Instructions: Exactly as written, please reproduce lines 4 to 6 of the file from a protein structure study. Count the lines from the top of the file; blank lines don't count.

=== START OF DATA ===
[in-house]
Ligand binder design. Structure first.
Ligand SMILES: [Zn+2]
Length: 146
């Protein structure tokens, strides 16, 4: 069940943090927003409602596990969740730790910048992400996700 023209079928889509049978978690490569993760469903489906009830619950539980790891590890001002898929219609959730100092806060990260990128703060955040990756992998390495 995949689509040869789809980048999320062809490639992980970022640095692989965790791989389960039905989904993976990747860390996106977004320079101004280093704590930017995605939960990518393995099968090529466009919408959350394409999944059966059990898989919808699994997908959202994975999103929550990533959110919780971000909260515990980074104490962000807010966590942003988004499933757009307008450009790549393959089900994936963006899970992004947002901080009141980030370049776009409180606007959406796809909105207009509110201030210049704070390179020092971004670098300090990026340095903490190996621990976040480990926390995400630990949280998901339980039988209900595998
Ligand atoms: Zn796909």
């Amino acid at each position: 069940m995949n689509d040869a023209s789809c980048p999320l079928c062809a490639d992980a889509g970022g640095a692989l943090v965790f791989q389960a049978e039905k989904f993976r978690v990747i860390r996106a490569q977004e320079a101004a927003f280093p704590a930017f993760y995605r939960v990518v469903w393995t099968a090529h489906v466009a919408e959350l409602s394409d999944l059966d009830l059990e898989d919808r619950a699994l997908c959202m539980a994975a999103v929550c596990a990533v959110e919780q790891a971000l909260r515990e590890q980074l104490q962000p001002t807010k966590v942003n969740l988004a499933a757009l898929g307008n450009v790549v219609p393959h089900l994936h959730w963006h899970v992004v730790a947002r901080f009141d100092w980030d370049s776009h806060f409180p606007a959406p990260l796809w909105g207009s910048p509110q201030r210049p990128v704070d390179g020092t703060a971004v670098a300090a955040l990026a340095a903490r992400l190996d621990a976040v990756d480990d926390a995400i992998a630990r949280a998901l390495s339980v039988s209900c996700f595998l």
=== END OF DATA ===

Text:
Length: 146
């Protein structure tokens, strides 16, 4: 069940943090927003409602596990969740730790910048992400996700 023209079928889509049978978690490569993760469903489906009830619950539980790891590890001002898929219609959730100092806060990260990128703060955040990756992998390495 995949689509040869789809980048999320062809490639992980970022640095692989965790791989389960039905989904993976990747860390996106977004320079101004280093704590930017995605939960990518393995099968090529466009919408959350394409999944059966059990898989919808699994997908959202994975999103929550990533959110919780971000909260515990980074104490962000807010966590942003988004499933757009307008450009790549393959089900994936963006899970992004947002901080009141980030370049776009409180606007959406796809909105207009509110201030210049704070390179020092971004670098300090990026340095903490190996621990976040480990926390995400630990949280998901339980039988209900595998
Ligand atoms: Zn796909």